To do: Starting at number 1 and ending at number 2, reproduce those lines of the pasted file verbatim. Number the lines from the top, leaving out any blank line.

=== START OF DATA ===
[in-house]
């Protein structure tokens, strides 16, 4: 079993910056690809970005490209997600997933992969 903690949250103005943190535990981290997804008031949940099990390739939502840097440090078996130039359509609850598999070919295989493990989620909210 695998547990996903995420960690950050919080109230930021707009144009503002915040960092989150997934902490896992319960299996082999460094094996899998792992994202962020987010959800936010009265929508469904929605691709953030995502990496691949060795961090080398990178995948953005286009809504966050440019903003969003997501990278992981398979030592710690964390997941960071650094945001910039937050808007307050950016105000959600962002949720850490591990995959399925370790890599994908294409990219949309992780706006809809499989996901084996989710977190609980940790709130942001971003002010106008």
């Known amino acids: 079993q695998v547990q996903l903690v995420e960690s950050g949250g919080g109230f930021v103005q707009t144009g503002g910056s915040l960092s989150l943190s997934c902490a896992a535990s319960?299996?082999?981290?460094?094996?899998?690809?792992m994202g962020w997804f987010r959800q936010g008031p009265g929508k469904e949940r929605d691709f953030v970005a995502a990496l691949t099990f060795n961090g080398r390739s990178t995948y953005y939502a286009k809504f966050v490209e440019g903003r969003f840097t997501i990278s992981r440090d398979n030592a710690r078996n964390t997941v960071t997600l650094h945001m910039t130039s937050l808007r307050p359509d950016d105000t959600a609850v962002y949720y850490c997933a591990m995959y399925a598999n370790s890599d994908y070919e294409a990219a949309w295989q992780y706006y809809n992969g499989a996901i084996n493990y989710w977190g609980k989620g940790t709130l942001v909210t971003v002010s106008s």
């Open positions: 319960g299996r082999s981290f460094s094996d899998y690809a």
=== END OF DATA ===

[in-house]
């Protein structure tokens, strides 16, 4: 079993910056690809970005490209997600997933992969 903690949250103005943190535990981290997804008031949940099990390739939502840097440090078996130039359509609850598999070919295989493990989620909210 695998547990996903995420960690950050919080109230930021707009144009503002915040960092989150997934902490896992319960299996082999460094094996899998792992994202962020987010959800936010009265929508469904929605691709953030995502990496691949060795961090080398990178995948953005286009809504966050440019903003969003997501990278992981398979030592710690964390997941960071650094945001910039937050808007307050950016105000959600962002949720850490591990995959399925370790890599994908294409990219949309992780706006809809499989996901084996989710977190609980940790709130942001971003002010106008």